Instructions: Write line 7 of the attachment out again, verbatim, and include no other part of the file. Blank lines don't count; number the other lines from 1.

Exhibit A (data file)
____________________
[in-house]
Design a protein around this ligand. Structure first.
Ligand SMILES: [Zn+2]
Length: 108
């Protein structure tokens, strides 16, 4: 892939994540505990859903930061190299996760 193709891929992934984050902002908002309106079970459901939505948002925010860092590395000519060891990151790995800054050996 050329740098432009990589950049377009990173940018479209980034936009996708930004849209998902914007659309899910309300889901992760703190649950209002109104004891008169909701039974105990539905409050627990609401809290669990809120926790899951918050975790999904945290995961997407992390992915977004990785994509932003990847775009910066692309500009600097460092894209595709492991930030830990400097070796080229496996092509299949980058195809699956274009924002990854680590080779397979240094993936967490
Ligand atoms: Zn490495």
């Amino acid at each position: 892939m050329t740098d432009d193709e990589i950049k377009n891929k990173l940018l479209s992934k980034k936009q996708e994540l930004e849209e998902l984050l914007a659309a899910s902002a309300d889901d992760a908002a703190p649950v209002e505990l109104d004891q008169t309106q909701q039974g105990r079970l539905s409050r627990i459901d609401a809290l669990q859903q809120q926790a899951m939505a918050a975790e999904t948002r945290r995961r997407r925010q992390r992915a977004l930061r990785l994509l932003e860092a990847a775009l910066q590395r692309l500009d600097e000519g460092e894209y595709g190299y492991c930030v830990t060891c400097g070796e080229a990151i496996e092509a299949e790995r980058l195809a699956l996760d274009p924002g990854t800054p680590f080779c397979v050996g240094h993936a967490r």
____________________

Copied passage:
């Amino acid at each position: 892939m050329t740098d432009d193709e990589i950049k377009n891929k990173l940018l479209s992934k980034k936009q996708e994540l930004e849209e998902l984050l914007a659309a899910s902002a309300d889901d992760a908002a703190p649950v209002e505990l109104d004891q008169t309106q909701q039974g105990r079970l539905s409050r627990i459901d609401a809290l669990q859903q809120q926790a899951m939505a918050a975790e999904t948002r945290r995961r997407r925010q992390r992915a977004l930061r990785l994509l932003e860092a990847a775009l910066q590395r692309l500009d600097e000519g460092e894209y595709g190299y492991c930030v830990t060891c400097g070796e080229a990151i496996e092509a299949e790995r980058l195809a699956l996760d274009p924002g990854t800054p680590f080779c397979v050996g240094h993936a967490r």